The focus at Baby Quasar for nearly a decade has been the highest of high-end markets, with a consumer anti-aging, wrinkle-reducing skin care product that retails for nearly $800.
The Manatee County-based firm has had some success in that luxury space with the device, the Quasar MD Plus, which builds collagen in a user's face through advanced light technology. It's currently available online and in Neiman Marcus, and was previously sold at Nordstrom and Harrods in London.
But the firm recently added a new wrinkle to its long-term strategy: It has gone mass-market.
Baby Quasar now offers several more products, under its Light Rayz line, that start at $249. It also now has scaled down versions of its Quasar MD Plus, for $349. Executives at the firm, with eight fulltime employees, are working on deals to get these lines into a host of retail outlets, including Target and cosmetics chain Ulta.
“We have a lot of great growth opportunities,” says Alex Webster, Baby Quasar vice president of Internet sales and marketing. “We have a lot of dreams to grow really big in the next few years.”
Yet there's sizable risk in launching a line of lower-priced products because it can cannibalize sales of the higher end. The big differences between the lines, says Webster, is the Quasar MD Plus that sells for $795 is made with anodized aluminum and comes with a lifetime warranty. Light Rayz products are made from sturdy plastic, and carry a five-year warranty.
“They do similar things and they offer similar treatments,” Webster says. “We are trying to separate the brands.”
The technology behind all of Baby Quasar's products stems from light therapy. The devices stimulate cells in a person's skin and supporting tissue that absorb wavelengths of light energy into fuel that can increase cellular metabolism. That increase in cells, the company says, produces new collagen and elastin. That, in turn, provides healthy skin. The process, adds company executives, is safe, pain-free and costs less than laser skin resurfacing and facelifts.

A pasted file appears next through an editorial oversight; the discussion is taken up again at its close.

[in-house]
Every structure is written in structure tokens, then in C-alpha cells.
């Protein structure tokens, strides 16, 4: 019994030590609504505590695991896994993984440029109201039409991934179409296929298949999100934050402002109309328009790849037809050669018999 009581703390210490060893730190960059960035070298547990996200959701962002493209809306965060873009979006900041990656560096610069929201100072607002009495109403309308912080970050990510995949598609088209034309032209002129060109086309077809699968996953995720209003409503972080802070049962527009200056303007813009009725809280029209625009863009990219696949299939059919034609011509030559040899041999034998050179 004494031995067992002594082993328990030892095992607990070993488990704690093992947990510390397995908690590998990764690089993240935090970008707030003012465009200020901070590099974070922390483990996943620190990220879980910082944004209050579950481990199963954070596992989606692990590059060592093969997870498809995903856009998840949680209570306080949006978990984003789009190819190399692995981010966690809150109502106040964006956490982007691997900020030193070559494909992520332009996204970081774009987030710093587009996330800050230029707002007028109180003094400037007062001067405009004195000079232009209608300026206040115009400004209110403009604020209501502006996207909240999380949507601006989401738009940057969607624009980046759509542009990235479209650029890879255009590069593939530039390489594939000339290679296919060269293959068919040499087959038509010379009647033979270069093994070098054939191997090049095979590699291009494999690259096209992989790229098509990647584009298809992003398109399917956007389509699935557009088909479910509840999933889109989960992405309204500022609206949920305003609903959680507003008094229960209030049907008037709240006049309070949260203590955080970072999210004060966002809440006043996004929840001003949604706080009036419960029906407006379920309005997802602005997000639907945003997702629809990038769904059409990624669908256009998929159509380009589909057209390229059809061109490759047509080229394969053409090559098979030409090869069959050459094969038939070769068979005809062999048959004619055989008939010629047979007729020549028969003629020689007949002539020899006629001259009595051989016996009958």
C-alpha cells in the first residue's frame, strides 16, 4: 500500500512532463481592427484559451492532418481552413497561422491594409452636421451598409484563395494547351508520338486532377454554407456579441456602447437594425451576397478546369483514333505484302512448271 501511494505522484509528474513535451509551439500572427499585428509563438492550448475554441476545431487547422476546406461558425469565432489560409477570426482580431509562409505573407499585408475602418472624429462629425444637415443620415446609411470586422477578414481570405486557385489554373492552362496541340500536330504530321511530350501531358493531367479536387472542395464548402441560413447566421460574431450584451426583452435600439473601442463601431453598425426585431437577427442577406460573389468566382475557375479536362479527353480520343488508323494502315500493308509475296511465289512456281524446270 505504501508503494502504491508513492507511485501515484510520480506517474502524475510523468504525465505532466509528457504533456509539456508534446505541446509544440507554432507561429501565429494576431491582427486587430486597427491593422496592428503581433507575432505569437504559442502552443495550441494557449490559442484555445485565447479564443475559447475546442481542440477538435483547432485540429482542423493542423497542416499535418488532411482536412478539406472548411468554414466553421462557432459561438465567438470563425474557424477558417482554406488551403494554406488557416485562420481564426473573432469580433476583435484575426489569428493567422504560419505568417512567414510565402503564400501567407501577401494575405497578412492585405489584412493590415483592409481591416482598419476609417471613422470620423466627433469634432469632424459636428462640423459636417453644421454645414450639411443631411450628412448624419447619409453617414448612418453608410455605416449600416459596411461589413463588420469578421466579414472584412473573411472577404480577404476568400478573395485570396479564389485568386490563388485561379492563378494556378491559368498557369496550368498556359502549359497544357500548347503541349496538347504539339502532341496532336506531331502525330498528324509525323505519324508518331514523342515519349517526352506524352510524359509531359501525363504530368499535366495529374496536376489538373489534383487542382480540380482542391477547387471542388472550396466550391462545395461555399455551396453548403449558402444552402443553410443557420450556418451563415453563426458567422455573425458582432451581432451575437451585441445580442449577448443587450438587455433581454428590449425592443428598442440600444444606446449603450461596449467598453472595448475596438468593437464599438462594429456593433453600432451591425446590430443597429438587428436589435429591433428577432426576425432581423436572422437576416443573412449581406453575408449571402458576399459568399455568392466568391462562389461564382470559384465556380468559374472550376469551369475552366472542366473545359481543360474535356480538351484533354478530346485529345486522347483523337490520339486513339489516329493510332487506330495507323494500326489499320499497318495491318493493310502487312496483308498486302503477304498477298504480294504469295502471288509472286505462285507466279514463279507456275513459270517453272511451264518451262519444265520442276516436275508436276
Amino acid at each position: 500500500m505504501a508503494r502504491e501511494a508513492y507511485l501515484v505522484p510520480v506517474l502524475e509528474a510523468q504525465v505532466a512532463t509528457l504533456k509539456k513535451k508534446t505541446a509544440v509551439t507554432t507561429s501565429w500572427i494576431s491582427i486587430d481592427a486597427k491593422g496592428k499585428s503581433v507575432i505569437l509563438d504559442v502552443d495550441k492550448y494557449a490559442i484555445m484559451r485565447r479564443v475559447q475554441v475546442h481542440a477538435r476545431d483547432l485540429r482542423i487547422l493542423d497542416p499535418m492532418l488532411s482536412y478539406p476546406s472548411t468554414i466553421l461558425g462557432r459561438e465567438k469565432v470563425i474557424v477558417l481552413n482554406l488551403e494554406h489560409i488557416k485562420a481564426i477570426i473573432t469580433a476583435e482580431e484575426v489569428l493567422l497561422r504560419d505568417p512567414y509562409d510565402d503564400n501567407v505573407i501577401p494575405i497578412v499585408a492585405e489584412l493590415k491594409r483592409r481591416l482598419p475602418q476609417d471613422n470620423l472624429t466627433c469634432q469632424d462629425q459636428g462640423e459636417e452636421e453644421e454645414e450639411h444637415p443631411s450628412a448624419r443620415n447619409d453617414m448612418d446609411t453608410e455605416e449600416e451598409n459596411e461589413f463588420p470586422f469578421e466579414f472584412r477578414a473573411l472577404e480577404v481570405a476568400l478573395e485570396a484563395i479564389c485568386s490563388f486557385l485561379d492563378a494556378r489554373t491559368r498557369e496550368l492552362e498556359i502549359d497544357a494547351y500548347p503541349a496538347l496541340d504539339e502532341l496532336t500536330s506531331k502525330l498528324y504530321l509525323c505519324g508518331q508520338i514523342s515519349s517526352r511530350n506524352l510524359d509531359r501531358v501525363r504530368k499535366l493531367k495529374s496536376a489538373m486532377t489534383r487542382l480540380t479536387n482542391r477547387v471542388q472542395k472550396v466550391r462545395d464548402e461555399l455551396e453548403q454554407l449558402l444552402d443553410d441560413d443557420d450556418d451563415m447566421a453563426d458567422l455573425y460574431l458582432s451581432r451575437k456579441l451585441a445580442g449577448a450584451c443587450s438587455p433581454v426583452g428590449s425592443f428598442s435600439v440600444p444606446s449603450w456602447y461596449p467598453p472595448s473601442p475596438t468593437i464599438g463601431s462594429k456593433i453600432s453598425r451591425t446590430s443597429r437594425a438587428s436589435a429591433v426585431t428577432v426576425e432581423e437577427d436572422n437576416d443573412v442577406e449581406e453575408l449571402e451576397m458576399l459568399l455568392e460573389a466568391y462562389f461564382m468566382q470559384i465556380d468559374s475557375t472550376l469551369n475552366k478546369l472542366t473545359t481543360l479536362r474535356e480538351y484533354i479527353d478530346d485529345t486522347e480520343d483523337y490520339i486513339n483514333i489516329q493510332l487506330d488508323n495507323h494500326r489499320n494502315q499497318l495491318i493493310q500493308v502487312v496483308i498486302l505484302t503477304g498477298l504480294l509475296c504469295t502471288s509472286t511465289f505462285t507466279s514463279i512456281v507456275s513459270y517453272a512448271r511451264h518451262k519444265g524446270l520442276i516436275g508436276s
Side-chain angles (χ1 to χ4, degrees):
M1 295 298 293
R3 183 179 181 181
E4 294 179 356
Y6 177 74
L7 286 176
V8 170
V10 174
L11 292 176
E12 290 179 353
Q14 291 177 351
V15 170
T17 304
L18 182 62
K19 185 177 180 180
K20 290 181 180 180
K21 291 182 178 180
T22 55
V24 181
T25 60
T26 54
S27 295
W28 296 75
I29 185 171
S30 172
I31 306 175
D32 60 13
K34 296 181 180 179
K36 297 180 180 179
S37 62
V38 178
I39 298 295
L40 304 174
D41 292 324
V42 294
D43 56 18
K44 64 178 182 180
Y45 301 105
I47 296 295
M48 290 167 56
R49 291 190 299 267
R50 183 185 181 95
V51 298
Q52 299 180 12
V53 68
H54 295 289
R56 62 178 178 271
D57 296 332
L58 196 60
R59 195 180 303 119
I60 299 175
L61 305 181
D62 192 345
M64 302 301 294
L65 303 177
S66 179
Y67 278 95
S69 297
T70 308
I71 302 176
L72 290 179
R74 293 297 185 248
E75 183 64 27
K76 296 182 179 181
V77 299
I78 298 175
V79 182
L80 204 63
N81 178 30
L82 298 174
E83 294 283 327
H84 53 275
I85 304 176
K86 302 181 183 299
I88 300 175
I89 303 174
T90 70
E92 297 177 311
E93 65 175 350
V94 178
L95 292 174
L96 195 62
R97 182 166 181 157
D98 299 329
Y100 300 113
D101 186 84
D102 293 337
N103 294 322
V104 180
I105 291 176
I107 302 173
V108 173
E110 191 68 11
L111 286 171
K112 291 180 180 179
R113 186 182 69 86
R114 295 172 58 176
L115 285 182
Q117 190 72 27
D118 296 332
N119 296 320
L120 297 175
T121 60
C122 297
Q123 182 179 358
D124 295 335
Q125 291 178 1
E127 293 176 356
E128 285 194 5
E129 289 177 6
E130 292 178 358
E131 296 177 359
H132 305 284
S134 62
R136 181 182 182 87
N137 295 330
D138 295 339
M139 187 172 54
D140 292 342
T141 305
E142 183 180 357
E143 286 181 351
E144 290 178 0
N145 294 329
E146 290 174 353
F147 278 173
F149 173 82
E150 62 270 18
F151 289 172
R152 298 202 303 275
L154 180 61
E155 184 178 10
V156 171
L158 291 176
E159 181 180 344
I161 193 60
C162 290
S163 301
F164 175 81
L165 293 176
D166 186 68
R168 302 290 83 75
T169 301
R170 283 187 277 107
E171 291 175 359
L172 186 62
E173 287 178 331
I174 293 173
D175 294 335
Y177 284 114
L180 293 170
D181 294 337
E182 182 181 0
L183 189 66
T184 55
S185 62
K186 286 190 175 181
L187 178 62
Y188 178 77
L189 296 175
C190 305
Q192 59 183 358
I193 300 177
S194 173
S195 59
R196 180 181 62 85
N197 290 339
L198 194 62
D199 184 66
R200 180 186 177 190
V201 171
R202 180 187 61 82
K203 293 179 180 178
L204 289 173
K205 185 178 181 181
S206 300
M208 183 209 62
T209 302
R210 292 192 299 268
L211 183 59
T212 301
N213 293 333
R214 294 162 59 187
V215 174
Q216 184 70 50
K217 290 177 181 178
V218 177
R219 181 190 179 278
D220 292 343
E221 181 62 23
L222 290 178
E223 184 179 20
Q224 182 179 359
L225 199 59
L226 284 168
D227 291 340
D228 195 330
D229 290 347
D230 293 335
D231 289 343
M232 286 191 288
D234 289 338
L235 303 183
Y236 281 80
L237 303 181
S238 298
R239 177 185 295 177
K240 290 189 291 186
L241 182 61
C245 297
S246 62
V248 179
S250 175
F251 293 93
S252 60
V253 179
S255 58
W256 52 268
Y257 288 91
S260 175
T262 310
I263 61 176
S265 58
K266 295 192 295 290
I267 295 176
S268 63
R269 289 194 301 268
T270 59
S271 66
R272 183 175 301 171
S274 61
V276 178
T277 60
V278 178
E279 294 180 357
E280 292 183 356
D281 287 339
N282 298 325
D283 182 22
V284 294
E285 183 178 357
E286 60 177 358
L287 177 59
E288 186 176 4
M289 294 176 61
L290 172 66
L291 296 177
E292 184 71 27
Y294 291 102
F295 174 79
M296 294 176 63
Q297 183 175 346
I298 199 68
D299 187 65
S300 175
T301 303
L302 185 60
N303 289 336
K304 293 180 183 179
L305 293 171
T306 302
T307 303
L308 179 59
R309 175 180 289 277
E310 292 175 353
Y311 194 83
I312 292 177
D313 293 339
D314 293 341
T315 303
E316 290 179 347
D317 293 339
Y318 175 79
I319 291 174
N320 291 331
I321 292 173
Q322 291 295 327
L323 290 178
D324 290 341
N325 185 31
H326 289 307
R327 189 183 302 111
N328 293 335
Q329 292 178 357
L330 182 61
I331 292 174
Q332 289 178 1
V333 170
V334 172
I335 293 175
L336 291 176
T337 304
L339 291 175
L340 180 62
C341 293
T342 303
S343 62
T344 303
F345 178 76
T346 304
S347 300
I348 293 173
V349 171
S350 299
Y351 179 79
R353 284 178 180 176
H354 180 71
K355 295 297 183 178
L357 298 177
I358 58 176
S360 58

“We are taking the same technology in spas and salons,” says Webster, “and bringing it into the home.”
But while devotees rave about the benefits, marketing and consumer education has long been a challenge, even before the new markets. That goes back to 2005, when Webster's father, technology entrepreneur Peter Nesbitt, founded the firm. The company, which declines to disclose specific revenue figures, moved from Louisiana to Sarasota in 2007. The products are now assembled, packaged and shipped from the Manatee County facility, near the Sarasota-Bradenton International Airport.
“Light technology isn't a household name,” says Baby Quasar Executive Vice President Frank Kramer. “It doesn't roll off the tongue.”
The company has tackled its marketing challenges through a series of moves. It recently added three salespeople, for example, and it also launched a new branding campaign. The focus:
Show people what the products can do, from customers to employees at stores where Baby Quasar products are sold. “It's not an impulse buy,” Webster says. “It's an educational purchase.”
One other goal for Baby Quasar is more global sales. More than 95% of current revenues come from domestic markets. But South America, particularly Peru and Brazil, are key targets in the near future, says Kramer.
Webster and Kramer also believe more potential for Baby Quasar lies in new products from the same technology that can help people with hair, nails and even blood flow. Says Kramer: “We
are about to get a lot of momentum.”
Follow Mark Gordon on Twitter @markigordon